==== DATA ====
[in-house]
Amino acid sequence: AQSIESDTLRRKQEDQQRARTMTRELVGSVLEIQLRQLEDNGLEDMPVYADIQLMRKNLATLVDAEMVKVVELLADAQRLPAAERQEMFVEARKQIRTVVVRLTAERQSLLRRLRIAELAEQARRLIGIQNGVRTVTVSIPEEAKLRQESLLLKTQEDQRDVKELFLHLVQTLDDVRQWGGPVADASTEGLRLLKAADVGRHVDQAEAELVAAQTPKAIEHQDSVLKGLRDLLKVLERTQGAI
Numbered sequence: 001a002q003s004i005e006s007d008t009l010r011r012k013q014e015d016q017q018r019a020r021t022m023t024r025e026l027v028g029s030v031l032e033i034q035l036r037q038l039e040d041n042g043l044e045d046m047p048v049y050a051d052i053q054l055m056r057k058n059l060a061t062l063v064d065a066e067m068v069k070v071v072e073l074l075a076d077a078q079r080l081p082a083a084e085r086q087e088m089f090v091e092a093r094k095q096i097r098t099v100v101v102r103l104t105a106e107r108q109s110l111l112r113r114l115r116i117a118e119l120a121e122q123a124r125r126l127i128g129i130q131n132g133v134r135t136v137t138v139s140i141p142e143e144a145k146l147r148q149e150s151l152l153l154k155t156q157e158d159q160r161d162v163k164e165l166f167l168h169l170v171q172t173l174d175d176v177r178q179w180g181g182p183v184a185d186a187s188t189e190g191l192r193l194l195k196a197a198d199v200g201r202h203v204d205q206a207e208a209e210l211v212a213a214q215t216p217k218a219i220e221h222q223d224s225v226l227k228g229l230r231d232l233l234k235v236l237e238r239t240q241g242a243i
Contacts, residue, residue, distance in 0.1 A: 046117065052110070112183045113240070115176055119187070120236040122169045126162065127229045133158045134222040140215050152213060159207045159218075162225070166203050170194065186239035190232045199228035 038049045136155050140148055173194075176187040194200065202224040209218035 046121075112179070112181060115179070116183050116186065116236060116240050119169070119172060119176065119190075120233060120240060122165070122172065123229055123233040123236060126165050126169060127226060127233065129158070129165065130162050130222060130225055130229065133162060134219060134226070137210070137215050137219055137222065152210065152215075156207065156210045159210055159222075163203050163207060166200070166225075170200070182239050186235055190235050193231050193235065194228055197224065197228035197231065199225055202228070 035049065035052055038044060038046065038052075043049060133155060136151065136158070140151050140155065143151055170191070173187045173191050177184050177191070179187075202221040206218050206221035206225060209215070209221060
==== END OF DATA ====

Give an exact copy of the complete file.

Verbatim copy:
[in-house]
Amino acid sequence: AQSIESDTLRRKQEDQQRARTMTRELVGSVLEIQLRQLEDNGLEDMPVYADIQLMRKNLATLVDAEMVKVVELLADAQRLPAAERQEMFVEARKQIRTVVVRLTAERQSLLRRLRIAELAEQARRLIGIQNGVRTVTVSIPEEAKLRQESLLLKTQEDQRDVKELFLHLVQTLDDVRQWGGPVADASTEGLRLLKAADVGRHVDQAEAELVAAQTPKAIEHQDSVLKGLRDLLKVLERTQGAI
Numbered sequence: 001a002q003s004i005e006s007d008t009l010r011r012k013q014e015d016q017q018r019a020r021t022m023t024r025e026l027v028g029s030v031l032e033i034q035l036r037q038l039e040d041n042g043l044e045d046m047p048v049y050a051d052i053q054l055m056r057k058n059l060a061t062l063v064d065a066e067m068v069k070v071v072e073l074l075a076d077a078q079r080l081p082a083a084e085r086q087e088m089f090v091e092a093r094k095q096i097r098t099v100v101v102r103l104t105a106e107r108q109s110l111l112r113r114l115r116i117a118e119l120a121e122q123a124r125r126l127i128g129i130q131n132g133v134r135t136v137t138v139s140i141p142e143e144a145k146l147r148q149e150s151l152l153l154k155t156q157e158d159q160r161d162v163k164e165l166f167l168h169l170v171q172t173l174d175d176v177r178q179w180g181g182p183v184a185d186a187s188t189e190g191l192r193l194l195k196a197a198d199v200g201r202h203v204d205q206a207e208a209e210l211v212a213a214q215t216p217k218a219i220e221h222q223d224s225v226l227k228g229l230r231d232l233l234k235v236l237e238r239t240q241g242a243i
Contacts, residue, residue, distance in 0.1 A: 046117065052110070112183045113240070115176055119187070120236040122169045126162065127229045133158045134222040140215050152213060159207045159218075162225070166203050170194065186239035190232045199228035 038049045136155050140148055173194075176187040194200065202224040209218035 046121075112179070112181060115179070116183050116186065116236060116240050119169070119172060119176065119190075120233060120240060122165070122172065123229055123233040123236060126165050126169060127226060127233065129158070129165065130162050130222060130225055130229065133162060134219060134226070137210070137215050137219055137222065152210065152215075156207065156210045159210055159222075163203050163207060166200070166225075170200070182239050186235055190235050193231050193235065194228055197224065197228035197231065199225055202228070 035049065035052055038044060038046065038052075043049060133155060136151065136158070140151050140155065143151055170191070173187045173191050177184050177191070179187075202221040206218050206221035206225060209215070209221060